2012 NHL Lockout: What the Latest League Proposal Means to the New Jersey Devils

Joseph KuchieCorrespondent IAugust 30, 2012

NEWARK, NJ - APRIL 03: Martin Brodeur #30 of the New Jersey Devils is honored by NHL commissioner Gary Bettman for his NHL record breaking 552nd win prior to the Devils game against the Tampa Bay Lightning on April 3, 2009 at the Prudential Center in Newark, New Jersey. (Photo by Bruce Bennett/Getty Images)
Bruce Bennett/Getty Images

When the NHL and NHLPA throw numbers at each other for days and no agreement is reached, it could become confusing to understand who is coming out of negotiations with a better deal.

The latest offer made by the league owners seemed to be a step in the right direction, as the players would receive 51.6 percent of hockey-related revenue in 2012-2013, and would see at least 49-50 percent of the revenue over the next six years.

However, although revenue sharing has become one of the top priorities in these negotiations, it is the salary cap that has players questioning the league's motives. According to Sports Illustrated, the new CBA proposal would shrink the league's salary cap from $70.2 million to a minuscule $58 million, all with no salary rollback in sight.

In other words, players are going to have to take some sort of pay cut in order for organizations to squeeze under the cap. According to Cap Geek, 16 teams would find themselves over the newly proposed salary cap, and 12 of those teams would surpass it by at least $4 million.

The New Jersey Devils are not one of those 16 teams, but they would become dangerously close to the salary cap if the CBA proposal was passed. New Jersey currently has $14 million in space with 22 players on the roster, but the new cap would only leave the club with $1.9 million to spare.

A difference of nearly $12 million almost completely eliminates the chance of bringing in another big-name forward to replace Zach Parise. There has been speculation since July that the Ducks' Bobby Ryan could be on the team's radar, but there is no way New Jersey could acquire and re-sign him without disassembling the team.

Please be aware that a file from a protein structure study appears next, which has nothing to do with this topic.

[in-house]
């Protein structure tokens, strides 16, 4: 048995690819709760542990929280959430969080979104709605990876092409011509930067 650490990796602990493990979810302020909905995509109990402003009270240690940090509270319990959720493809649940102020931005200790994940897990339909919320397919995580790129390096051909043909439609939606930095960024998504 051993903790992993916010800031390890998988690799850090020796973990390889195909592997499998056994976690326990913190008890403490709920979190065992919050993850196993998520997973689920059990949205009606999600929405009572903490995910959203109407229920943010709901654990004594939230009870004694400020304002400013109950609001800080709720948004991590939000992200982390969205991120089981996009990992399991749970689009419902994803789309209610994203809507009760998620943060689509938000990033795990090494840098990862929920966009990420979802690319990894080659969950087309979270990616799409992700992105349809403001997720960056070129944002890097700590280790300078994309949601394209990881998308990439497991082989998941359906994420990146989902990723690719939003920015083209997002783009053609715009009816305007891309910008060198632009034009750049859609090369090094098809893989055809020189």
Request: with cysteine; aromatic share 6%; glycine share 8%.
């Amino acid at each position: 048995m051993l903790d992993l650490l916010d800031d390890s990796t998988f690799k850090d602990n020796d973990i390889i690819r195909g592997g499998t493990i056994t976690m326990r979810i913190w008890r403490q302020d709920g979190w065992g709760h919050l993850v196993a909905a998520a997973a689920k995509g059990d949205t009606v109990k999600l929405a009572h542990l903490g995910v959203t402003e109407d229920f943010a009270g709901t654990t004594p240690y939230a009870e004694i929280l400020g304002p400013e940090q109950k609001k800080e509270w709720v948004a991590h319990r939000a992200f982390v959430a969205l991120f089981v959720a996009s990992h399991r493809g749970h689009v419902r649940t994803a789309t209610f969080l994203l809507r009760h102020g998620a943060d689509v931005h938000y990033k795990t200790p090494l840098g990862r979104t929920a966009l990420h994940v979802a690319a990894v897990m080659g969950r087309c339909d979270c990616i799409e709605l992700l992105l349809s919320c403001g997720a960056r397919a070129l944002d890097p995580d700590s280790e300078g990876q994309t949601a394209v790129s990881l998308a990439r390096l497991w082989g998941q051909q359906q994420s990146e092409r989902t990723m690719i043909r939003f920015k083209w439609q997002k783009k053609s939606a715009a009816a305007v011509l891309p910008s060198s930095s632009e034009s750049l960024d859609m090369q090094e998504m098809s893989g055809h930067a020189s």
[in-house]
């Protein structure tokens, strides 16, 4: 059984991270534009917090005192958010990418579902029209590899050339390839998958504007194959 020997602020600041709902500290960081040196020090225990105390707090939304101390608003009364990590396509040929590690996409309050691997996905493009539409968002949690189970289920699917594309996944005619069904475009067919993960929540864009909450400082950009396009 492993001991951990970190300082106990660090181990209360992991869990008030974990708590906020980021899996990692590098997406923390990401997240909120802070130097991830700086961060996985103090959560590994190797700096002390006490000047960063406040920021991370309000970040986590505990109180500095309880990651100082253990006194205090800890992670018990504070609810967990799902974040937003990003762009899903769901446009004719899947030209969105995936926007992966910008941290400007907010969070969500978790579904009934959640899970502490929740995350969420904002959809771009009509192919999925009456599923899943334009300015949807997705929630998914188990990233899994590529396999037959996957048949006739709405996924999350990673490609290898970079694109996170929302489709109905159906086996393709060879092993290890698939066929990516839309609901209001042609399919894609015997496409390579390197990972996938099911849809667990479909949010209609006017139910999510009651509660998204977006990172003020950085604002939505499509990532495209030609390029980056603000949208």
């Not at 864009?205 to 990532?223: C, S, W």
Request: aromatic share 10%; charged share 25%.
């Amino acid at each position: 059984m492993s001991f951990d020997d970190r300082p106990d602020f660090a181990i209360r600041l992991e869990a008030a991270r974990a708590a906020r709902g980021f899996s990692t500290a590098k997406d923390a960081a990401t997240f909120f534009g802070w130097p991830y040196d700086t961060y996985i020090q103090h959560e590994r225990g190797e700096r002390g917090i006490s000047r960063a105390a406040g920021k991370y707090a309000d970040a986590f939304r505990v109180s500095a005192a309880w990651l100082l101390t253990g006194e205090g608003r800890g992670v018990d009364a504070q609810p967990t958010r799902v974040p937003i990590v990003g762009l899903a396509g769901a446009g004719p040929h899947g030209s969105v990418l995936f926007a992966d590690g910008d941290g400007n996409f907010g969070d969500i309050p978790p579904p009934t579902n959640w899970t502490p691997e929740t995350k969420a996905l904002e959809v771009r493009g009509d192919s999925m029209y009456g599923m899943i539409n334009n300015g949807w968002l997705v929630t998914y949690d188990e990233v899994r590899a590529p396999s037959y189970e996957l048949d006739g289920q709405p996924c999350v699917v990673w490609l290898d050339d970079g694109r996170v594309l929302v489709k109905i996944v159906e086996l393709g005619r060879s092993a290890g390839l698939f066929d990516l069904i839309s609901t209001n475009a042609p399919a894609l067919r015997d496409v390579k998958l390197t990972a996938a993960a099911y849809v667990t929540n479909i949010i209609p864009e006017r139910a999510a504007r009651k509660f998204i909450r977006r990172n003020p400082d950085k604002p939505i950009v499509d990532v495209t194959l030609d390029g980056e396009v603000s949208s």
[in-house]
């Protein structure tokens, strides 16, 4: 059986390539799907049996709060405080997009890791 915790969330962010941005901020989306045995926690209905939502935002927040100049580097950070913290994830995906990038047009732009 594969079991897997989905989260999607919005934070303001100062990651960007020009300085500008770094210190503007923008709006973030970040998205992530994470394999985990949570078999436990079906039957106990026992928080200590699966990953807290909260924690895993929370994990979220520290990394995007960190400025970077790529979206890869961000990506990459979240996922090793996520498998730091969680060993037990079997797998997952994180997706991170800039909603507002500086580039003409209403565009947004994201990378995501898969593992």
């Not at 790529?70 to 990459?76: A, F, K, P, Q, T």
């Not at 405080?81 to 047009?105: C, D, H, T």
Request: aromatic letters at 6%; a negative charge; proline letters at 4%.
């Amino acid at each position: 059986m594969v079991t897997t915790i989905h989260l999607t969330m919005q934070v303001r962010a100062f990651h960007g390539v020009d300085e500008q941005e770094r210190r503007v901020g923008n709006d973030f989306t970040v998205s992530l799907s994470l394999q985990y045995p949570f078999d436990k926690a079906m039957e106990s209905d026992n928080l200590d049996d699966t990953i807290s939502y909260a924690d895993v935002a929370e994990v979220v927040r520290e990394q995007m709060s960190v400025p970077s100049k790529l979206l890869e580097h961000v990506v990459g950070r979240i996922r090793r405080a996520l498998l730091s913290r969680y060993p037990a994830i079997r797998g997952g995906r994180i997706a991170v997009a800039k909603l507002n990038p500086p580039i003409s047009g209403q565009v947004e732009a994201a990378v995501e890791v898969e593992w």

On the bright side, New Jersey does have a team put together and still has room to spare. Petr Sykora is the only remaining unrestricted free agent that hasn't signed elsewhere, and he only made $650,000 last season. Even if the Devils were to give him a raise to $1.5 million (which he made in 2009-2010), the team would still be under the cap.

The Devils will also shed a combined $13.4 million in salaries after next season when aging veterans like Patrik Elias, Dainius Zubrus and Marek Zidlicky become unrestricted free agents. New Jersey would likely have to use a majority of that money to re-sign Adam Henrique (RFA), David Clarkson and Travis Zajac, but the cap will also increase by $2 million to $60 million in 2013-2014.

So, in other words, while the new cap would definitely make things more difficult, the New Jersey Devils aren't exactly in over their heads. Teams like the Boston Bruins and Minnesota Wild, who are currently $10 million over the projected salary cap, will be stuck with a huge problem going into next season if the CBA passes.

The Devils have always built small-budget teams and turned them into contenders, so it won't necessarily hurt them to have less cap space. Ilya Kovalchuk's contract of $100 million was rare for the Devils to go after, so as long as they can keep a full roster under $58 million, the organization should be fine.

We must also remember that the current proposed CBA isn't going to stick. Both sides are going to keep negotiating until they reach a better number, but right now, it seems like the focus is revenue sharing and not cap space.

While every team will be affected by revenue sharing for the next six years, they must also deal with the consequences in losing nearly $15 million in spending money for their players. The Devils should be fine with what is currently being negotiated, but it is certainly something to keep an eye on.